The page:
Your Average Australian Super Fund


Now there’s a real decoupling. Friday’s unemployment figures came out in America. They showed that 8.2 million Americans have lost their job since the GFC began in 2007. The official unemployment rate (the one that under-measures actual unemployment) is at 10.2% and growing. The Aussie employment report comes out on Thursday.

Stocks rallied on this news.

Employment is said to be a lagging indicator. Economists tell you it’s the last thing to recover from a recession. Businesses don’t begin hiring until after they are sure the worm has turned in the economy. But right now, there is a pretty big decoupling between the stock market’s verdict on the economy (it’s all good, man) and the employment market’s verdict (it sucks, man).

But there’s no doubt the rising market has lifted a lot of spirits…and superannuation balances. Aussie Super data firm Rainmaker says the average super is now down just -0.8% as of the end of September. To be honest though, we found this data incomprehensible.

Is it down 0.8% for the year (since January) or in the last twelve months? Or is the average super fund down 0.8% from its all-time high? The average super fund fell 21% from its heights to its lows during the GFC. But the Aussie market has rallied 55% this year.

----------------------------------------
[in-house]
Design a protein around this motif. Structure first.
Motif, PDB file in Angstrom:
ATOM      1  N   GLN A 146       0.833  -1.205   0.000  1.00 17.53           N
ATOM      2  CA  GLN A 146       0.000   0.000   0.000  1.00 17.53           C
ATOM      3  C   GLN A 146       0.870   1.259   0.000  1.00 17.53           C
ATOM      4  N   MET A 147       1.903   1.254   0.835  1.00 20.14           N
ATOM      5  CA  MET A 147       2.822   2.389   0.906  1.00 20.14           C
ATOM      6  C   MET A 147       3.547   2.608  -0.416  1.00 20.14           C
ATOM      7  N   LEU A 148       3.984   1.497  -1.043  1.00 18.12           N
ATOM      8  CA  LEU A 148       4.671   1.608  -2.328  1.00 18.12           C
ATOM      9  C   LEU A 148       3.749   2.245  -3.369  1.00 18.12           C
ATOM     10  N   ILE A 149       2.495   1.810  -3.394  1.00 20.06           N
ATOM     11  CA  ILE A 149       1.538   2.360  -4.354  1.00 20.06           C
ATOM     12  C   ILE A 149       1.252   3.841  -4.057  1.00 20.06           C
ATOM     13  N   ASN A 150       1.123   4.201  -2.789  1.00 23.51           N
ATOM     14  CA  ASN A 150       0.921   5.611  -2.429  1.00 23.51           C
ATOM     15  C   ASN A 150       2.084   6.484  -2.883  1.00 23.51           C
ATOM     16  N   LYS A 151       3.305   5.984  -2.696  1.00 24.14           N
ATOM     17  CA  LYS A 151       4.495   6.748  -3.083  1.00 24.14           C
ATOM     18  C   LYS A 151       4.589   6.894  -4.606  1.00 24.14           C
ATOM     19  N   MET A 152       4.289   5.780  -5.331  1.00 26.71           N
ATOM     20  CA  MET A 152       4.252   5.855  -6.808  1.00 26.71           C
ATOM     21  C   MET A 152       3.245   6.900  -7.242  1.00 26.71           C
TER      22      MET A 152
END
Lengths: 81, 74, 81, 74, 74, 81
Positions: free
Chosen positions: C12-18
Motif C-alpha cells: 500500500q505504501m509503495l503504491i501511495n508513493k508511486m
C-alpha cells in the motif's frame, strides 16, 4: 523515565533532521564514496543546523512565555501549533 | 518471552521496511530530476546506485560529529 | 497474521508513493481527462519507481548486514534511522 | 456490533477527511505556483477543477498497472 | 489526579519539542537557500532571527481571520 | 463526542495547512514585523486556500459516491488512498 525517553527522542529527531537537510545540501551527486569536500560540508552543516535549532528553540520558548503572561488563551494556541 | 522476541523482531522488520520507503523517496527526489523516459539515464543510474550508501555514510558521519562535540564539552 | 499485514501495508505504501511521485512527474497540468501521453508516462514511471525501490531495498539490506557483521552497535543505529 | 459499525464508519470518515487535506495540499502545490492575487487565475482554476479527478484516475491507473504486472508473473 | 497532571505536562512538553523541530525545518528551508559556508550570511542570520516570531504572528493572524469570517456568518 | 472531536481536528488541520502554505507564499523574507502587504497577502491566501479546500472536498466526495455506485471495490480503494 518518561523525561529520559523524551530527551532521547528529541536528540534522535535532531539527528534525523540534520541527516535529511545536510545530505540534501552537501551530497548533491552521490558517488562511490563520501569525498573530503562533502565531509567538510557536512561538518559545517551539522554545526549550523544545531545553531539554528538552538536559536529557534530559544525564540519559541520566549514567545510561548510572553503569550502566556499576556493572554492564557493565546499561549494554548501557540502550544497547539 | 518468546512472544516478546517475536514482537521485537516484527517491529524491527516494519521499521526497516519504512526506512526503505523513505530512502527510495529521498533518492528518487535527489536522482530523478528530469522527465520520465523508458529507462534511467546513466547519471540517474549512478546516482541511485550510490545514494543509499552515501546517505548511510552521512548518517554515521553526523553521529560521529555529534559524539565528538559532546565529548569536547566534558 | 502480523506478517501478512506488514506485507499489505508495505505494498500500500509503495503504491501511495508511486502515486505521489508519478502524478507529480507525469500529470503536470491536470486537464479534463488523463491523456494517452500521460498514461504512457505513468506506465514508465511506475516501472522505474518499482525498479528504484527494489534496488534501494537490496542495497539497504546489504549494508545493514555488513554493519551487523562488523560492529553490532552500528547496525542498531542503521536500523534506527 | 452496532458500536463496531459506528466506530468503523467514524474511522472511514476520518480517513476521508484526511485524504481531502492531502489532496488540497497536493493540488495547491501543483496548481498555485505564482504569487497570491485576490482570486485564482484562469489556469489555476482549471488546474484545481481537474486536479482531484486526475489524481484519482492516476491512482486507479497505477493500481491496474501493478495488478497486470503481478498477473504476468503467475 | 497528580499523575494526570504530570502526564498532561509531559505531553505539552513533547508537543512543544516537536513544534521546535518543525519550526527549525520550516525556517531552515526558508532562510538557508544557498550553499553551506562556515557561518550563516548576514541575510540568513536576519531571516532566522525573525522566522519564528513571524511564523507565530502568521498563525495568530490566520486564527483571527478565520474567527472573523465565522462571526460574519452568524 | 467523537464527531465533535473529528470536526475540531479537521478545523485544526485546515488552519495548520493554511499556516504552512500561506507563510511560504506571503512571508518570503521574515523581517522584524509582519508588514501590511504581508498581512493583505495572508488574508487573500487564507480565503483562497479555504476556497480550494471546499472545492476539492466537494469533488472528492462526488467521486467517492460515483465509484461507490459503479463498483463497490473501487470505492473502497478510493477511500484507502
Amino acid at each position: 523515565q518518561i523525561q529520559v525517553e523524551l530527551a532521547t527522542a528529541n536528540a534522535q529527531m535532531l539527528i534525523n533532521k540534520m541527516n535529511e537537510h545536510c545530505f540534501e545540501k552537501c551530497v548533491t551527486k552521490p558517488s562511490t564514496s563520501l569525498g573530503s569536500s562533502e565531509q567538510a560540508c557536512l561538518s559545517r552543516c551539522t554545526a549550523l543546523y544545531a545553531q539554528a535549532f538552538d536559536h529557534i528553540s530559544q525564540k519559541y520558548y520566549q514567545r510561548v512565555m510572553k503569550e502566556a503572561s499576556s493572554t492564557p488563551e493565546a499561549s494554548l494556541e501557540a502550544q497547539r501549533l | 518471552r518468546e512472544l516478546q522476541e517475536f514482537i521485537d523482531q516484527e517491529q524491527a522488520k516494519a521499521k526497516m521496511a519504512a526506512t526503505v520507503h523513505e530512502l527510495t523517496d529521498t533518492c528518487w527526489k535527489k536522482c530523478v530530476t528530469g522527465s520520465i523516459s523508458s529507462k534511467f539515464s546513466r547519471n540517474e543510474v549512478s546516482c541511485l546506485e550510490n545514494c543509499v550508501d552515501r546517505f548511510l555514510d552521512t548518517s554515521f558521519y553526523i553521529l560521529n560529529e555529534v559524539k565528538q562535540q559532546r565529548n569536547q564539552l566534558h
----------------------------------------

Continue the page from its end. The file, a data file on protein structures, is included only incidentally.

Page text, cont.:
So does this mean super has done well? Average? Above average?

In today’s Age, Eric Johnston reports that for the last three years, the average super fund is down 0.3%. Over five years, the average fund performance is a bit better at 5.2%. And over ten years, a 6% average super return just means boring old government bonds at 5.6%.

To us, this suggests that the equity premium in stocks really is collapsing. What’s the point of getting average super returns if you’re better off in bonds? Or, if all you can get in the average super is a performance that barely beats bonds, wouldn’t it make more sense to stick half your money in bonds, 30% cash, and actively manage the other 20% in your own self-managed super?

You could do worse, of course. Maybe it’s a lousy idea. So we asked the man with the wealth gampelan, Kris Sayce, what he made of the enigmatic super figures. He’s on the super beat full time. It’s a sensible complement to the growth-stock tipping he does at the Australian Small Cap Investigator.

“I think what this research shows you,” Kris writes, “is the utter failure of the funds management industry. The research claims the S&P/ASX200 is up nearly 55%, yet the best performing fund manager has only managed a 9.9% return. Something doesn’t quite add up for investors.

“But still they’re charging you between 1% and 3% for underperforming the market! That’s just bizarre. Then again, I’ve always thought you’re better off investing in the shares of a fund manager rather than in their funds.”